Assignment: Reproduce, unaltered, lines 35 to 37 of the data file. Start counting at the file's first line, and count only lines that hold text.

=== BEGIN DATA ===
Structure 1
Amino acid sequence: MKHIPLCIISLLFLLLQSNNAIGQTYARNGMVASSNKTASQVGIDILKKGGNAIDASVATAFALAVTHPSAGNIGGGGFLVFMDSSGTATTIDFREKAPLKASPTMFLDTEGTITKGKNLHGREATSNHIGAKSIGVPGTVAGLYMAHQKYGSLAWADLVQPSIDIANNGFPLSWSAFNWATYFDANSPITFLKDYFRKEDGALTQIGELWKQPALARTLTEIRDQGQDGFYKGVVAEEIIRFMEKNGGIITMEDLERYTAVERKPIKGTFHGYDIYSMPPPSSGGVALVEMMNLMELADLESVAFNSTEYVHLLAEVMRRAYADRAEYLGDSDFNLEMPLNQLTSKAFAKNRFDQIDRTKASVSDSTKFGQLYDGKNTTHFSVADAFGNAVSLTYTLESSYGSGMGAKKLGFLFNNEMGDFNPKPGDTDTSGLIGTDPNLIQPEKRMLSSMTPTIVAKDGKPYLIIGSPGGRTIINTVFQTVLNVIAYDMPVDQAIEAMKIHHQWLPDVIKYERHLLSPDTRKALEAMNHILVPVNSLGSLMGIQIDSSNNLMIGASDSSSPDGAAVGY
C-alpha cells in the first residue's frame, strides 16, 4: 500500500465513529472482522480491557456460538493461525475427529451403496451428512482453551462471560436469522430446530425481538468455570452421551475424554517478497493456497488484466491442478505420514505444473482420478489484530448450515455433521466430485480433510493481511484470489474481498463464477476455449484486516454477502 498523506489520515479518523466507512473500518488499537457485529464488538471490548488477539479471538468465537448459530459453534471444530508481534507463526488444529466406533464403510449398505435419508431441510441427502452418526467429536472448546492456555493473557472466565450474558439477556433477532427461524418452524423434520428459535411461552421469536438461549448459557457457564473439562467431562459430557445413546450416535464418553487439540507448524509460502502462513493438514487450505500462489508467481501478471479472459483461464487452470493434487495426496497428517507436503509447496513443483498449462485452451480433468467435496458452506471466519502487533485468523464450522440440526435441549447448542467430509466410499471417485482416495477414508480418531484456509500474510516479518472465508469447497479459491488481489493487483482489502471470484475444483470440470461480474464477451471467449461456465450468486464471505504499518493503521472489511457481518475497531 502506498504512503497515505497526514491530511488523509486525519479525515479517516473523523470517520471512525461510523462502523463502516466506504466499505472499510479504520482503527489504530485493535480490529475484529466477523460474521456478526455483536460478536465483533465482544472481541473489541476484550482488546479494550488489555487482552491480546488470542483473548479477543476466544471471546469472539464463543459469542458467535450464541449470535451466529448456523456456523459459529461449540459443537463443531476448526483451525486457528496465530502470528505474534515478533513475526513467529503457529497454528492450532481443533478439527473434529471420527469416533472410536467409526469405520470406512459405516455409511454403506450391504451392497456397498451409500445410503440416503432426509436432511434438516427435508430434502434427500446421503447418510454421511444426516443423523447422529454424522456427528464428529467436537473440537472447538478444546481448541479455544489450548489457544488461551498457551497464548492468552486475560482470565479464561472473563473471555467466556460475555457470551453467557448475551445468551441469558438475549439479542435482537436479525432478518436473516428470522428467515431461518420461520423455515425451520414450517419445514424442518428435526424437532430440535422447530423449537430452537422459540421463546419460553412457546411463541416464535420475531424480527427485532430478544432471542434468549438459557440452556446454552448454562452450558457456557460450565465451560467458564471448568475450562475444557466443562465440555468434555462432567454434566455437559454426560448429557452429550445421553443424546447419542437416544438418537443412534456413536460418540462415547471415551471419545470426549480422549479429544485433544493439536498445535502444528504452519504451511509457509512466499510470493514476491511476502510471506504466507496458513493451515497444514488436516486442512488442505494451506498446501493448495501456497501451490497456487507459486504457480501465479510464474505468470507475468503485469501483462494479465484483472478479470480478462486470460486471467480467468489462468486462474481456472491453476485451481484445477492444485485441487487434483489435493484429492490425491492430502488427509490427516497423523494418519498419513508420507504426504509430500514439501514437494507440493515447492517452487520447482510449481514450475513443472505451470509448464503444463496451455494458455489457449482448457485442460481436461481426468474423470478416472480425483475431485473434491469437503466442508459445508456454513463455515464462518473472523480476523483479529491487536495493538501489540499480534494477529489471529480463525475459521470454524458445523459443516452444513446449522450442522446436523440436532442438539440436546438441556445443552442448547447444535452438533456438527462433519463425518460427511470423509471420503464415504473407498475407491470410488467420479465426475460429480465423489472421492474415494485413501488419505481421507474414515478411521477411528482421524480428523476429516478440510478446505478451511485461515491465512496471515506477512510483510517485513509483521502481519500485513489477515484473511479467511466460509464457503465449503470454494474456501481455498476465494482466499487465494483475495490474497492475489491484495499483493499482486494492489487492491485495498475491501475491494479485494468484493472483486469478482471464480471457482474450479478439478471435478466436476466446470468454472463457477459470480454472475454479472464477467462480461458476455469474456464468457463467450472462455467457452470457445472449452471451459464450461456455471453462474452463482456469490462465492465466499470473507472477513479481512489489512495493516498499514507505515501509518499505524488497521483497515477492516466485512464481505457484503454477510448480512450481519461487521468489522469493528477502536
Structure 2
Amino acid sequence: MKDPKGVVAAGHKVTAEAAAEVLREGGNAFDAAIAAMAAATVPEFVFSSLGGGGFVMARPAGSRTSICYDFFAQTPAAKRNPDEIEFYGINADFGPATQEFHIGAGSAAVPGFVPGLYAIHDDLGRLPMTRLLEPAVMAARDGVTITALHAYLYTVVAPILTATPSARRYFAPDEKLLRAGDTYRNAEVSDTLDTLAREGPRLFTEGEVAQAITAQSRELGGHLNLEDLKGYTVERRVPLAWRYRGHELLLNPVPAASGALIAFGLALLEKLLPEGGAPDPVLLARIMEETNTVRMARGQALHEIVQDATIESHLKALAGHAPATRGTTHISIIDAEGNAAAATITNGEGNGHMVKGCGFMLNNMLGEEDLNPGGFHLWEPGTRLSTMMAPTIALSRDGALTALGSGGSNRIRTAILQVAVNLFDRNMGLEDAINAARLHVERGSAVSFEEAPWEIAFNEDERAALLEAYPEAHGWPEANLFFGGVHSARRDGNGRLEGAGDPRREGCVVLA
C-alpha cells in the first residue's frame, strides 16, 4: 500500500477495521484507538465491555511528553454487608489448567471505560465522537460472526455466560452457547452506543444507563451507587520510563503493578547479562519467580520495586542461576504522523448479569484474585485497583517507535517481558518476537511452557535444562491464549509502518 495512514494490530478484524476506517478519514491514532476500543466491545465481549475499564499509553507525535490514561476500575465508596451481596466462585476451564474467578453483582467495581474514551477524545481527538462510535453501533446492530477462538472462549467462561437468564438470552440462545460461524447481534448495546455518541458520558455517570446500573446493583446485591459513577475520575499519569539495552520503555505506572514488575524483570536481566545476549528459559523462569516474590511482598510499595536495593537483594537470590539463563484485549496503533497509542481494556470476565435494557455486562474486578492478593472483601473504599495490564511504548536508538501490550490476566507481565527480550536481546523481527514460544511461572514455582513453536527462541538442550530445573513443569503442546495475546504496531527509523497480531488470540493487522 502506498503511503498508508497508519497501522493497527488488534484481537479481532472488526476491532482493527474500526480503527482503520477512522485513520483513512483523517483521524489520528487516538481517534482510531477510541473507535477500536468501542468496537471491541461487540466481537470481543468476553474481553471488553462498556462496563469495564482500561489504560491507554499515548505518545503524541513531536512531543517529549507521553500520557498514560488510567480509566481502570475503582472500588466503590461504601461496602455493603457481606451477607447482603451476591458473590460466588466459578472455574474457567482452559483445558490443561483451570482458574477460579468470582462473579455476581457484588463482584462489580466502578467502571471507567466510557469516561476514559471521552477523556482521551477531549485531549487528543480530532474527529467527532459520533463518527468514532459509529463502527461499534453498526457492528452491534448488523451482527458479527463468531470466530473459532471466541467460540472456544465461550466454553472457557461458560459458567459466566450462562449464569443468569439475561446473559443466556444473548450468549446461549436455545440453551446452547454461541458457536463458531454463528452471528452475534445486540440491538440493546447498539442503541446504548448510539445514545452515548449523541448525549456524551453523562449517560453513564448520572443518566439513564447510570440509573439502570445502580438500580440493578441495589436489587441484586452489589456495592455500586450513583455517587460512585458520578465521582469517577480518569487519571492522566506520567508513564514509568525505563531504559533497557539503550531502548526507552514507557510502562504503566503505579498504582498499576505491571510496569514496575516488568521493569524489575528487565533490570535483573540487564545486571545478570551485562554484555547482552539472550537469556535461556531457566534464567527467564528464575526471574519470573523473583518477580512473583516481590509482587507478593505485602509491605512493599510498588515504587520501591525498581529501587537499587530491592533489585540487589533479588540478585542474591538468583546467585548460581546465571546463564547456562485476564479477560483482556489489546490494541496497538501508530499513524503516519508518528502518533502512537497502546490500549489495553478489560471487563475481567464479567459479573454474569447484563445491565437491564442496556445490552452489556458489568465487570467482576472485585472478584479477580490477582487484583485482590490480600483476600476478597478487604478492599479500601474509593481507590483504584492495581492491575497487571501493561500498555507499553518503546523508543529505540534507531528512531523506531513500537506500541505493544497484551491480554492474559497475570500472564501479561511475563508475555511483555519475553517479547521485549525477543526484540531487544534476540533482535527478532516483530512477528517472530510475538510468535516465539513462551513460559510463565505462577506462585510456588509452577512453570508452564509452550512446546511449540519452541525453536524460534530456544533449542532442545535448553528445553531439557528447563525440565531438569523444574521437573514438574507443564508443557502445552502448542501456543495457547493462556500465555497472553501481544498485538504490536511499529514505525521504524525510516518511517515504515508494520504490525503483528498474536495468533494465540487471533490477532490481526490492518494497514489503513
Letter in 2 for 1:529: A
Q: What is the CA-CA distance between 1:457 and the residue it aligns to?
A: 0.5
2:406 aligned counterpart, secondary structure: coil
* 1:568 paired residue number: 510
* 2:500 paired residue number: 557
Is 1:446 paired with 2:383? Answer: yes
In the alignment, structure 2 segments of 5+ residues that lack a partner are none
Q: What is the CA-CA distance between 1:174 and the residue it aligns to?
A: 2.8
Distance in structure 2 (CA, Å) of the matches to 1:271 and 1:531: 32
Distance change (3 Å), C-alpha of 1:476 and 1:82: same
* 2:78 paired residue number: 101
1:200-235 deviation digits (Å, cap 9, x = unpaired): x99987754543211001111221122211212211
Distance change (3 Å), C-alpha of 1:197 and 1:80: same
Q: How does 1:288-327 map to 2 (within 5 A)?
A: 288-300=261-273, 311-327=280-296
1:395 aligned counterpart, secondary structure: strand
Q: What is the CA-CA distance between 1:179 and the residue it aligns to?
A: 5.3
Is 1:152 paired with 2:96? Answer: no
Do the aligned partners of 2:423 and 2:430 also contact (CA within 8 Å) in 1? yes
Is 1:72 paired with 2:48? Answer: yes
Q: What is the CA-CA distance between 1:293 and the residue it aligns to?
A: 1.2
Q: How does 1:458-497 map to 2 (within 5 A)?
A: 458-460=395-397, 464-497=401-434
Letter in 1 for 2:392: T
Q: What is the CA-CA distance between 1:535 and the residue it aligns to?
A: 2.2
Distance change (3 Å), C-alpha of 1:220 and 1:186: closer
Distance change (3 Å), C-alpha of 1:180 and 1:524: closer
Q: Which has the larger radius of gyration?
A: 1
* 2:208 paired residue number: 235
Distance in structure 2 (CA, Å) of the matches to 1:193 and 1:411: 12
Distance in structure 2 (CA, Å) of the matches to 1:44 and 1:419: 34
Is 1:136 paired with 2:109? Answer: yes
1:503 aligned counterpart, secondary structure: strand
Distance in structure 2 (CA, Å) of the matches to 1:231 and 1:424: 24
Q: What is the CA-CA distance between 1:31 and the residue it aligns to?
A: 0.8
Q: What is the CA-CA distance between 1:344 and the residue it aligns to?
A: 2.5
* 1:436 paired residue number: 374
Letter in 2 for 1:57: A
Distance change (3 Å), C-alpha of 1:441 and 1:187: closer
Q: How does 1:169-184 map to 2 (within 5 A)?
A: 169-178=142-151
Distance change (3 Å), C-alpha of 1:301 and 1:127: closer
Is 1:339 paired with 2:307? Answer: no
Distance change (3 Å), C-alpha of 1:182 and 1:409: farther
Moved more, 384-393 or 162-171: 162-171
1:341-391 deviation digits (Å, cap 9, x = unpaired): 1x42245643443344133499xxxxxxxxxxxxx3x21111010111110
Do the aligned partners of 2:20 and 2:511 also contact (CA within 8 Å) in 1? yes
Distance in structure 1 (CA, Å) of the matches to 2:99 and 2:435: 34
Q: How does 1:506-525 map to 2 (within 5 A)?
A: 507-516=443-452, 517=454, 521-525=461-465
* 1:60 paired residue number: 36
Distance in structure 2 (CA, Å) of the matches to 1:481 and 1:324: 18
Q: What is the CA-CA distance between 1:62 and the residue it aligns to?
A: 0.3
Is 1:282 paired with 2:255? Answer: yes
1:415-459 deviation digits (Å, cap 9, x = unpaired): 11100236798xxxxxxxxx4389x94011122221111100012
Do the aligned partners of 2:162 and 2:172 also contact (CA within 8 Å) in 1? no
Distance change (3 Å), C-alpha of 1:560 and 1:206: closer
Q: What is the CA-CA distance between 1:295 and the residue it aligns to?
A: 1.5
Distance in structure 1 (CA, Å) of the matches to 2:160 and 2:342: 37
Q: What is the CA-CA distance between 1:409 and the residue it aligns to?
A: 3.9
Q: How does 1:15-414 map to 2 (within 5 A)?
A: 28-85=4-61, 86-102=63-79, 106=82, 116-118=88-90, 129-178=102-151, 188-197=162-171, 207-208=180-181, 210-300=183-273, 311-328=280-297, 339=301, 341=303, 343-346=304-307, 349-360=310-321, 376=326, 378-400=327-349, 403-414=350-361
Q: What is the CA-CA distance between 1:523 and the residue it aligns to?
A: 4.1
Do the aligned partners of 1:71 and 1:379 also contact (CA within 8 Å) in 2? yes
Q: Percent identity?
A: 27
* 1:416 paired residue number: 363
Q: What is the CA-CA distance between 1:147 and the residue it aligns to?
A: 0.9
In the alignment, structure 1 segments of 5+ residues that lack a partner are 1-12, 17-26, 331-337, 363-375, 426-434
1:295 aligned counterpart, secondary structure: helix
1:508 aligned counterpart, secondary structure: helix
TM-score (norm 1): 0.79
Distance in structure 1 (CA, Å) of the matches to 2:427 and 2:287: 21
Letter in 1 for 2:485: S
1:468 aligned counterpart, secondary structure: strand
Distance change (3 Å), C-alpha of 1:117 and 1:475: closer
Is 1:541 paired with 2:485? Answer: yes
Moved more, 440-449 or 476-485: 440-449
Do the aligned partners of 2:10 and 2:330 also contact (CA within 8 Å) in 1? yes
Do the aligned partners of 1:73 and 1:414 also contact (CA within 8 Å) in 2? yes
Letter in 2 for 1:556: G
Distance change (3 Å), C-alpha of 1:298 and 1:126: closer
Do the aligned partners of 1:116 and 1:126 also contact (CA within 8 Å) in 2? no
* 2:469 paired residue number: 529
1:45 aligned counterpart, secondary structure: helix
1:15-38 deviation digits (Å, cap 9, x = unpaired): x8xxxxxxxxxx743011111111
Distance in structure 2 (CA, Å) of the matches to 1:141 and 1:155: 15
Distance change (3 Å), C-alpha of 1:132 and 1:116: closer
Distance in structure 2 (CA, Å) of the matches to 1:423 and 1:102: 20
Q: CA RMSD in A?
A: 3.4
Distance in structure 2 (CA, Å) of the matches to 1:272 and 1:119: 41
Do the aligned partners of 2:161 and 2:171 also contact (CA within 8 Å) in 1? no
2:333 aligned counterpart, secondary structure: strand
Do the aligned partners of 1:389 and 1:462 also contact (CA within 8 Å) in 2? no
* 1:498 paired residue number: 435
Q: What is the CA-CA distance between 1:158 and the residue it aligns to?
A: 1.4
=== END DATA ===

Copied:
Q: What is the CA-CA distance between 1:535 and the residue it aligns to?
A: 2.2
Distance change (3 Å), C-alpha of 1:220 and 1:186: closer